In conclusion I’m not as optimistic as others about the Cubs future. This year is a “fish or cut bait” season for me after following the team for 45 years. Will they turn the corner? Or will I be so disillusioned with the team that I abandon them like I did the Blackhawks after William Wirtz sold that team down the river? It was too late for me when Rocky took over the Hawks and it might be too late when some future owner straightens out the Cubs. I hope it won’t be.

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Wood finally beats his former team. Cubs shutout the Reds 2-0

Tuesday, September 10th, 2013

by Rob Willer

The Travis Wood trade has been an interesting one for both ball clubs over the past two seasons. Sean Marshall was a workhorse for many years in the Cubs pen and was due for a hefty raise as a reliever. The Cubs maximized his value and traded him to the Reds for Wood, Dave Sappelt and Ronald Torreyes. Torreyes was traded to the Astros this year for international slot money which has proven to be quite valuable as it helped the Cubs sign some very impressive international talent. Sappelt has bounced around from the majors and minors this year and seems to be a fourth outfielder at best for his career recently designated for assignment. The real get in the trade for the Cubs was Travis Wood.  The 26-year-old Wood has enjoyed a breakout campaign with the Cubs thus far in 2013, pitching to a 2.79 ERA with 6.3 K/9, 2.8 BB/9 and a 33.7 percent ground-ball rate. He was 0-4 in his career against the Reds which of course included three losses this season against the pesky Reds. The Reds now are 13-4 against the Cubs this season. Wood went seven innings allowing six hits and fanned seven. Wood got his 22nd quality start and it was a beauty.

Kevin Gregg gave up a double in the ninth while earning his 31st save in 35 chances. Just think about that for a second Kevin Gregg has 31 saves after the Cubs got him for literally nothing probably one of the best in season moves this year. Pedro Strop continues his stellar performance out of the pen pitching a scoreless eight. His 2.93 earned average with the Cubs is very encouraging. Overall with the Cubs Strop has appeared in 29 games and turned in 26 scoreless relief outings.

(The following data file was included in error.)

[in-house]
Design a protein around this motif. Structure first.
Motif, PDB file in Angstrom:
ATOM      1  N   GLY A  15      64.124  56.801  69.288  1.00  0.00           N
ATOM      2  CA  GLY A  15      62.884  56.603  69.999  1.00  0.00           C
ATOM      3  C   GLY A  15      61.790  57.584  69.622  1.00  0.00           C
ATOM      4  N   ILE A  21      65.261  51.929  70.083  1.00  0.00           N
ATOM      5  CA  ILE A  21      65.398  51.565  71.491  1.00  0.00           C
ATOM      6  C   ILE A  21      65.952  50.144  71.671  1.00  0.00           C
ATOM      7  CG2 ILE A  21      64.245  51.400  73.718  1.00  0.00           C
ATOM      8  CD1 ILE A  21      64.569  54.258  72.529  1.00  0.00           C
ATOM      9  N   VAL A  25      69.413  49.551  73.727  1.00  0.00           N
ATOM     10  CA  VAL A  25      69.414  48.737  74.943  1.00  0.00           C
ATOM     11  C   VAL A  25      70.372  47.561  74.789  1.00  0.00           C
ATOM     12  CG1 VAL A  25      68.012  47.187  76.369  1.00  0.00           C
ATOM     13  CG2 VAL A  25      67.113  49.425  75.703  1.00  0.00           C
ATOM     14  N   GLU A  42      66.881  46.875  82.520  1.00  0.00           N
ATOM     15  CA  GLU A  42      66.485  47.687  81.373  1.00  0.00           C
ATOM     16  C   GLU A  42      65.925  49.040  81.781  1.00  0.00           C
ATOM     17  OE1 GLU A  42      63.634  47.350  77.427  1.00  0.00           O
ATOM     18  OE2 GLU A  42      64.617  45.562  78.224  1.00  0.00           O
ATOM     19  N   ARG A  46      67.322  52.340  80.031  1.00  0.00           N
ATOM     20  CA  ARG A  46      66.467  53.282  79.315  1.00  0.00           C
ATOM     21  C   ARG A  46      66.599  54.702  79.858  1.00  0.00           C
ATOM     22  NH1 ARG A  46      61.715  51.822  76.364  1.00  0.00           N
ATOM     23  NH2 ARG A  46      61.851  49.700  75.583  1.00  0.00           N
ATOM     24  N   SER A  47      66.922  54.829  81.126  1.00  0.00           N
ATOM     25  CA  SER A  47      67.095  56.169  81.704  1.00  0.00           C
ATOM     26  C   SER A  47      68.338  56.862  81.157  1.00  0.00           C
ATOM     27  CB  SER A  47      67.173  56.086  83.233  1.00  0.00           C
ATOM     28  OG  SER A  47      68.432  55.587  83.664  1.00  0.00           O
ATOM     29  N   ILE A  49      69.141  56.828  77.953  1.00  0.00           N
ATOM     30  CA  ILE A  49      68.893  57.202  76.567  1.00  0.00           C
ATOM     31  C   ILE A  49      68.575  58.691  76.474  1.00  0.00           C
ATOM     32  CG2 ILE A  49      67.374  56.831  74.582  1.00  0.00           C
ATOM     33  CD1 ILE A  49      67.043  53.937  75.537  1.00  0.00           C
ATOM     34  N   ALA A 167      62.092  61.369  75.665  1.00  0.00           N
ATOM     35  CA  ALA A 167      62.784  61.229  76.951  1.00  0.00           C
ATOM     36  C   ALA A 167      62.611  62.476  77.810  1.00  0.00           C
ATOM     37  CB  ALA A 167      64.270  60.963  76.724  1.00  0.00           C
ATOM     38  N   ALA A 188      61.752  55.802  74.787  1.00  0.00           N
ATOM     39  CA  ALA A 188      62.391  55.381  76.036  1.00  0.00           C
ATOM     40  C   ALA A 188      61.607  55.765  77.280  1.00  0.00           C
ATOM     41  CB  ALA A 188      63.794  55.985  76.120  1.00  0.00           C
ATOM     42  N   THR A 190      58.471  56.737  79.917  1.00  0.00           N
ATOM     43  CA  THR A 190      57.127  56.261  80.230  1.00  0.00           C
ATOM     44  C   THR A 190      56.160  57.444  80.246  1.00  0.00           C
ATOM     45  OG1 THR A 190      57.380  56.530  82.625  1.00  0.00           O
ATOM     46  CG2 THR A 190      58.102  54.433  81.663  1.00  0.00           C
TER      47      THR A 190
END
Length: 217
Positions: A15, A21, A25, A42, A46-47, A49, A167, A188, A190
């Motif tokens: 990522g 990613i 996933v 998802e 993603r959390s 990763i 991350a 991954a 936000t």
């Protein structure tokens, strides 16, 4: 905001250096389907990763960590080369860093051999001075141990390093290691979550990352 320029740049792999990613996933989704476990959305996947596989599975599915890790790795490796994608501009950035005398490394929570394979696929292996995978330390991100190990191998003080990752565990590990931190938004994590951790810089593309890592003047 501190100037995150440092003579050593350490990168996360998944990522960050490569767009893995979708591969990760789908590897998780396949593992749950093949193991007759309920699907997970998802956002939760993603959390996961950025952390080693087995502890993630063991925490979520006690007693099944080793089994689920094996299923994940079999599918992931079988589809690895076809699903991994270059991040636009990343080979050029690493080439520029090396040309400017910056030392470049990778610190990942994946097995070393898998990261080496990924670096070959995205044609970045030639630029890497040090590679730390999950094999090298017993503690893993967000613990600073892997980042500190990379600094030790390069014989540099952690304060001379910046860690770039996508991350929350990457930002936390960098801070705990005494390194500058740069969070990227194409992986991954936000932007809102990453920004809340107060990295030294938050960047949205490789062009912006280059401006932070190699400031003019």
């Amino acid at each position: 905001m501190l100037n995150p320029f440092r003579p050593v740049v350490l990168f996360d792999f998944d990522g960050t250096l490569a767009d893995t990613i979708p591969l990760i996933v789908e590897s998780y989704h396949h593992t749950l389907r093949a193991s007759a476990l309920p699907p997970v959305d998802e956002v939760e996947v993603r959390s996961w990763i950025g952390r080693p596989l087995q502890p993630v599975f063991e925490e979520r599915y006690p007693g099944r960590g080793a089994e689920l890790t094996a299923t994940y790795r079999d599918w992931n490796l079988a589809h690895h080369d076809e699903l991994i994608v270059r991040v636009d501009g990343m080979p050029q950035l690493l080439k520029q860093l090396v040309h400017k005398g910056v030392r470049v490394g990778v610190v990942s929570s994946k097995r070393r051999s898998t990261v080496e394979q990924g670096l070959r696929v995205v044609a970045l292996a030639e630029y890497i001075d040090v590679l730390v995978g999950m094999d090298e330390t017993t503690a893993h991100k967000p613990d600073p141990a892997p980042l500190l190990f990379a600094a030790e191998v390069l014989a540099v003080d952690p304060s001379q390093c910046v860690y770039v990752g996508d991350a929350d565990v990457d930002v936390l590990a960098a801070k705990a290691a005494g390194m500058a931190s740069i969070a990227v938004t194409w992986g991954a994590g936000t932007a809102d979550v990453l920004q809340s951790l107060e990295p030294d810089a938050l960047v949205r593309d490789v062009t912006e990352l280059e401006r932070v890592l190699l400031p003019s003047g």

Ryan Sweeney and Luis Valbuena homered off Bronson Arroyo (13-11), who had won his last four starts against the Cubs. These would be the only runs of the game for each team as the Cubs would muster enough offense to get their all-star a win. The Reds squandered a perfect chance to be with in a game of first with 17 games to go in the regular season. After last night’s loss the Reds sit at 2 games back of the National League Central Leading Cardinals. If you look at the top three teams in the National League Central their playoff efficiency percentages range from 99.0 to 99.8 tough year to compete folks. Side Note: The Pittsburgh Pirates have clinched an above .500 season for the first time since 1992. Another astonishing stat that 21 years have passed since they finished above .500. We are only in our second year of the Epstein rebuild folks if we can above .500 in 2015 I’ll take it.

It was the Cubs’ sixth shutout this season which kinda surprised me that they had that many as team. The Cubs go with Edwin Jackson (7-15), who leads the NL in losses. Yippee 19 million dollars for 15 losses. Can’t wait for his second year under contract.

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A Look At the Under Armor Showcase

Monday, August 26th, 2013

by Rob Willer

Early Thoughts (Home-run Derby)-The day started off around 11:00 am where I met John Arguello of Cubs Den and Harry Pavlidis who contributes to a variety of things which include but are not limited to Baseball Prospectus, Washington Post and created Pitch/FX. We proceeded to the front row right next to the scout seats where the likes of Keith Law, Jim Hendry, Sahadev Sharma among many other great baseball minds. First up was the home-run derby and boy was that a show. The two stars of the day were Chase Vallot and Jacob Gatewood. Gatewood put up a very impressive six home-runs showing great bat speed as well as ability to drive the ball. Vallot followed Gatewood with an impressive performance of his own hitting 6 home-runs himself in the opening round. Projects more as a catcher but could end up at 1st base the ball really exploded off his bat. In the end, Gatewood won the derby by defeating Vallot in the final round setting the stage for the Under Armor Game.

Pitching Prospects-

Touki Toussaint- Touki Toussaint is a RHP with a 6-2 195 lb. frame from Coral Springs, FL who attends Coral Springs Christian Academy. Toussaint was sitting 93-95 on his fastball through the inning he pitched.  Topping out around 97 while mixing in a big breaking curveball which sat around 73-75. Toussaint showed great poise by retiring the heart of the American League Lineup.

Dylan Cease- He repeats his delivery very well and seems very mature with his age. Like Toussaint he was bringing some serious heat sitting in the 92-95 range topping out at 97. When seeing him live it really seemed like his motion was very easy and retired the side 1-2-3. He ended the first with a high fastball to retire Dazmond Cameron quickly the pitch had a lot of movement on it.